Western Pennsylvania unemployment at two-year low
Unemployment in the Pittsburgh area fell to 7.0 percent in February — the lowest level in nearly two years — as the number of people without work dropped and employment increased slightly.
The labor market in the seven-county Western Pennsylvania region "continues to improve steadily," Robert Dye, senior economist at PNC Financial Services Group Inc., said in reaction to the 0.2 of a percentage point drop that the state reported today.
Jim Ferrari and Tracy Acklin, who started new customer service jobs with Peoples Natural Gas Co. on March 7, also have an inkling the local job market is perking up.
Ferrari, of Carnegie, had been out of work since leaving a job with Verizon in November 2009. During his time off, he took community college classes in information technology to supplement his bachelor's degree in communications from Duquesne University.
"I applied for at least 100 jobs," he said, "and only about 5 percent of the applications led to interviews."
Acklin took a buyout from Verizon in December. "I was one of the lucky ones" to find a new job quickly, said the Plum resident, who applied to Peoples in January. "I know other people who have been looking for a job for two years. Some are still looking." The North Shore-based natural gas utility has filled 42 positions out of about 65 needed for a customer service center that will start up this summer.
The region's February unemployment rate, adjusted for seasonal hiring factors, represents a fifth consecutive monthly drop. The number hasn't been this low since April 2009, when it was 7 percent. By contrast, unemployment was 8 percent across Pennsylvania in February, and 8.9 percent nationwide.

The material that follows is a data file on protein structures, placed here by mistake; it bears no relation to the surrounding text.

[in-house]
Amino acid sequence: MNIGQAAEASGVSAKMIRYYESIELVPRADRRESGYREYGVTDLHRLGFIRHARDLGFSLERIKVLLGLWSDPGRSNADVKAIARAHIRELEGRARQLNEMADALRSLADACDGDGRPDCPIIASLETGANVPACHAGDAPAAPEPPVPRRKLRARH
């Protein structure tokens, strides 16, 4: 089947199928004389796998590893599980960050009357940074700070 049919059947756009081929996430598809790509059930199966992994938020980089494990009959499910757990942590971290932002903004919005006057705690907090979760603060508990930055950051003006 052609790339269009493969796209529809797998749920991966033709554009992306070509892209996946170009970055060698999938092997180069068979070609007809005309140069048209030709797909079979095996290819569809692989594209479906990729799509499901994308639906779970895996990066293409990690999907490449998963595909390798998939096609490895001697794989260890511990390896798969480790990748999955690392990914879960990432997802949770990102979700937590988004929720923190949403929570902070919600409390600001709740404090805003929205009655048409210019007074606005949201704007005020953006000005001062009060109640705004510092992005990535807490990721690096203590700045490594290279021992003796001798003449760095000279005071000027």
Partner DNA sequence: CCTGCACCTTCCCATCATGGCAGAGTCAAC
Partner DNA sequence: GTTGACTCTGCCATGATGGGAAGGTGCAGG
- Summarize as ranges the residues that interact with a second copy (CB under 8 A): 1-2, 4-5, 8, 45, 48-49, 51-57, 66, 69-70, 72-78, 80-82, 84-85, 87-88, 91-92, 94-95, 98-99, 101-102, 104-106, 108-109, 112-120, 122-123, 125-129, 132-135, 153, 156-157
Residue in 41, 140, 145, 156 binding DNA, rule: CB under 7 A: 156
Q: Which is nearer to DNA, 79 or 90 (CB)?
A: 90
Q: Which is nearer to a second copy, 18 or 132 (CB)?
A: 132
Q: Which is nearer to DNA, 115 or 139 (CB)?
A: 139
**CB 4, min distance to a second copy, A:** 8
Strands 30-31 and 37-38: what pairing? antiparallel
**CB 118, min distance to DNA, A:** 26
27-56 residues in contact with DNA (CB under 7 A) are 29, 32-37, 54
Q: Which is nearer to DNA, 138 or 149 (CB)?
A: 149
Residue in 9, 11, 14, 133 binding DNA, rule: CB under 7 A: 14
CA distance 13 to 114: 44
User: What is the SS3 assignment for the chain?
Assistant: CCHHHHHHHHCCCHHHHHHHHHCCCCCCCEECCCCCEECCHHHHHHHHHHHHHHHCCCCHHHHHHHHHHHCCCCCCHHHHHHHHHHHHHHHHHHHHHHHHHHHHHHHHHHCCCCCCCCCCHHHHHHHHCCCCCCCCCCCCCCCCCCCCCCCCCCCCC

Pittsburgh's rate remains significantly higher than the 4.6 percent rate in February 2008. The recession officially began in December 2007, but it did not significantly impact the region until late 2008, economists said. The recession officially ended in July 2009.
The recession in the Pittsburgh area began about November 2008, which was the first month the region experienced year-over-year decreases in employment levels, said Frank Gamrat, an economist and senior research associate at the Allegheny Institute for Public Policy in Castle Shannon.
Robert Strauss, a professor of economics and public policy at Carnegie Mellon University, called the latest figures hopeful, although the region continues to lose population, and many workers are underemployed.
"The next question is the quality of the jobs (being created), and the wage rates," he said, adding local and state leaders can do nothing to boost the job market, other than to boost confidence by not raising taxes. Still, Western Pennsylvania appears to be responding about the same as the rest of the country in terms of economic recovery, Strauss said.
The unemployment rate is based on data from a survey of households in the region's seven counties -- Allegheny, Armstrong, Beaver, Butler, Fayette, Washington and Westmoreland -- to determine who is working and looking for work, as well as the number of people employed, state spokeswoman Lauren Nimal said.
Based on that seasonally adjusted survey, employment increased by 1,500 jobs in February to about 1.134 million, which is about 21,300 more than a year ago.
Dye believes the region's economy is showing signs it will continue to improve but that it has not fully recovered from the recession. That won't happen until total employment figures are back to pre-recession levels, he said.
"Small businesses are being more comfortable with hiring," Dye said, noting the findings of a recent PNC Economic Outlook for spring that showed 15 percent of the small and midsized businesses surveyed expect to hire full-time workers in the next six months.
"I continue to see a strong performance over the remainder of the year," he said.
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